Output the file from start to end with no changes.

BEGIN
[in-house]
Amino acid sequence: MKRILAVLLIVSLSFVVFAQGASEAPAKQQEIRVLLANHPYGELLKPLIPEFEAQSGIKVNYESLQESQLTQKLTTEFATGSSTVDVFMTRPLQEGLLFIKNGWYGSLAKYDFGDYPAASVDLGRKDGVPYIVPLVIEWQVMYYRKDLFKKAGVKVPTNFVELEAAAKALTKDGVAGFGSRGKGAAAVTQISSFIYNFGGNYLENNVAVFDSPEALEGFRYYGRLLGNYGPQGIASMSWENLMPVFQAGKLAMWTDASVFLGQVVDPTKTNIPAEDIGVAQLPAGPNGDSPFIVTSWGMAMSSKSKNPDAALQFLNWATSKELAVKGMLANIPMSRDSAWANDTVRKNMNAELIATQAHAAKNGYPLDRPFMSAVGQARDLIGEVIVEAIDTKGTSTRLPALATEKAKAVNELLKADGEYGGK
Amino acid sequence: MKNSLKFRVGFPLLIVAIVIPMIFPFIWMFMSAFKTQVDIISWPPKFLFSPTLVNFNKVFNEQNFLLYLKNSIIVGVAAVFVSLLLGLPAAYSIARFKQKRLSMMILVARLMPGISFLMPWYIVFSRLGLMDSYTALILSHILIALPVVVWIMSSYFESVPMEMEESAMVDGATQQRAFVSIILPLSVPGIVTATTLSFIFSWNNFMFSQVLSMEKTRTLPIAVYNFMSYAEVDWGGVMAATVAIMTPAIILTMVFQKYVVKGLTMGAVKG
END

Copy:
[in-house]
Amino acid sequence: MKRILAVLLIVSLSFVVFAQGASEAPAKQQEIRVLLANHPYGELLKPLIPEFEAQSGIKVNYESLQESQLTQKLTTEFATGSSTVDVFMTRPLQEGLLFIKNGWYGSLAKYDFGDYPAASVDLGRKDGVPYIVPLVIEWQVMYYRKDLFKKAGVKVPTNFVELEAAAKALTKDGVAGFGSRGKGAAAVTQISSFIYNFGGNYLENNVAVFDSPEALEGFRYYGRLLGNYGPQGIASMSWENLMPVFQAGKLAMWTDASVFLGQVVDPTKTNIPAEDIGVAQLPAGPNGDSPFIVTSWGMAMSSKSKNPDAALQFLNWATSKELAVKGMLANIPMSRDSAWANDTVRKNMNAELIATQAHAAKNGYPLDRPFMSAVGQARDLIGEVIVEAIDTKGTSTRLPALATEKAKAVNELLKADGEYGGK
Amino acid sequence: MKNSLKFRVGFPLLIVAIVIPMIFPFIWMFMSAFKTQVDIISWPPKFLFSPTLVNFNKVFNEQNFLLYLKNSIIVGVAAVFVSLLLGLPAAYSIARFKQKRLSMMILVARLMPGISFLMPWYIVFSRLGLMDSYTALILSHILIALPVVVWIMSSYFESVPMEMEESAMVDGATQQRAFVSIILPLSVPGIVTATTLSFIFSWNNFMFSQVLSMEKTRTLPIAVYNFMSYAEVDWGGVMAATVAIMTPAIILTMVFQKYVVKGLTMGAVKG